by Rana AlMutawa
With a typical Orientalist tone often used in articles discussing the Gulf states, Ziauddin Sardar writes:
The place looks and feels unreal. That’s the conclusion I reach every time I visit a Gulf state. It is not just the Disney World architecture, the obscene display of wealth, the ubiquitous presence of poor migrant labourers, the insidious racism of the natives, and the segregation and seclusion of the women. What really strikes you is the fact that the region is totally out of sync: the contradictions between imported hyper-modernity and the reactionary and anachronistic local traditions are just too stark. I always leave thinking, “This is not going to last long.”
Similar accounts depicting Gulf cities, particularly Dubai, as superficial, ostentatious, consumerist and ‘inauthentic’ places with no ‘soul’ are proffered in abundance, not only in casual conversations and in popular media, but also among scholars.
Scholars, however, often reiterate these ideas with what they deem to be more ‘objective’ labels: they depict such cities as ‘sanitised and privatised,’ lacking ‘public space and informality.’ Many of these depictions, however, are quite subjective. For example, examples of ‘public’ space – idealised by scholars such as Davis or Sorkin as being accessible and free to all – have in reality always excluded different people (women, children, ethnic minorities and so forth).
Even scholars who attempt to discredit the idea that Dubai lacks ‘soul’ or ‘authenticity’ often do so by highlighting one part of the city while dismissing the other, by showing the so-called ‘forgotten’ parts of old Dubai (such as diverse and mixed-use spaces inhabited by low-income populations in Satwa), while ignoring the social lives that exist within the newly developed (or so-called ‘glitzy’) parts of the city.
Such academic work is indeed significant as it shows a part of Dubai not widely known, perhaps a corrective to the ample coverage of the ‘spectacular’ architecture for which Dubai is recognised. However, it sometimes results in implicitly labelling certain spaces as more authentic than others, rather than challenging the (implicit or explicit) use of a term that has been socially constructed. For example, ElSheshtawy argues that Dubai should, ‘in its strive to become a global centre, uncover “the real Dubai” which does exist along the shores of the Creek and its marketplaces’.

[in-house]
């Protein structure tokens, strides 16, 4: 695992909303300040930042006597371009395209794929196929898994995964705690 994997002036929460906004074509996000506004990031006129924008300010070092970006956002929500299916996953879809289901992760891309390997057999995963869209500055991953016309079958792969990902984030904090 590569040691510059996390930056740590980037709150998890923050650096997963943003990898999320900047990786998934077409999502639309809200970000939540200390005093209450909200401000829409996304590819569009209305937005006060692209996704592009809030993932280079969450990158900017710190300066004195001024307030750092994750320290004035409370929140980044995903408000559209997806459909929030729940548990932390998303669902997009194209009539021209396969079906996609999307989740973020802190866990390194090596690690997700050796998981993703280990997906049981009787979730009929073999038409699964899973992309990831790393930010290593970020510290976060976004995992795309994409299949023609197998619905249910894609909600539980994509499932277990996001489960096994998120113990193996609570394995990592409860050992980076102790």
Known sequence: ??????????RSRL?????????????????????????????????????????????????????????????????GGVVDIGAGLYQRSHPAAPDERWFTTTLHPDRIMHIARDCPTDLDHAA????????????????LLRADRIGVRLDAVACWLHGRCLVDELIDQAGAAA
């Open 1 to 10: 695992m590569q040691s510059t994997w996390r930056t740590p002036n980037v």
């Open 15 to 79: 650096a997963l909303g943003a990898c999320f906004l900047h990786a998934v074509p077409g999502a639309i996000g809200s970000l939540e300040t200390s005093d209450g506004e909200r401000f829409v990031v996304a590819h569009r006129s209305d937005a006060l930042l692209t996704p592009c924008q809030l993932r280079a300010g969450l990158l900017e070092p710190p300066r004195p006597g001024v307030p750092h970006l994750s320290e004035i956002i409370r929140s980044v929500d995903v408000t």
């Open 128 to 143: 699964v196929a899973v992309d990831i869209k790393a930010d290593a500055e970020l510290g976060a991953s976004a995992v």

Critics of Gulf cities such as Dubai perhaps depict it as ‘inauthentic’ because their idea of what constitutes ‘authenticity’ does not exist there in the manner they expect – few old historic buildings; huge malls and a ‘hyper-consumerist’ culture in place of the small coffeehouses and shops that they seek; and, to them, no evidence of a ‘local’ culture.
Similarly, an Arab colleague once commented that she was disappointed she did not get to speak to any Emiratis during her short trip to Dubai; that her taxi drivers were Pakistani and her waitress a Filipina. Yet, these comments are rarely made about immigrant taxi drivers and waiters in a place such as New York City – rather, this diversity is seen as a positive example of the globalised nature of the city. So why is Dubai not ‘allowed’ to be globalised in the way it is? Why is it expected to conform to a certain conception of what is ‘local’ and is ‘authentic?’
What is particularly ironic is that while critics of Gulf cities oppose the so-called mass consumerism of Dubai, they seek an ‘authenticity’ that they can easily consume (by consuming ‘local’ food bought in a small ‘authentic’ shop or ‘experiencing authenticity’ in an old market). They reject the globalised nature of a city like Dubai, wanting it to conform to their idea of what a Middle Eastern city should look like. They are disappointed to see that many Emiratis regularly eat and drink in cafes and restaurants like Starbucks or Texas Roadhouse, rather than opting for ‘traditional’ food, or that shopping malls are ubiquitous in place of small, local shops.
Thus, we must question to what extent ‘authenticity’ is another form of Orientalism, an expectation for people to live, eat, dress, and behave in a certain way and for urban spaces to look a certain way; to be ‘different’ from other globalised cities. In particular, we should be aware that what are termed ‘glitzy’ spaces hold social meaning to the people who live there; that people appropriate these spaces to fit their needs; and that these spaces become part of the social fabric of these cities, telling many rich stories about the city and its users.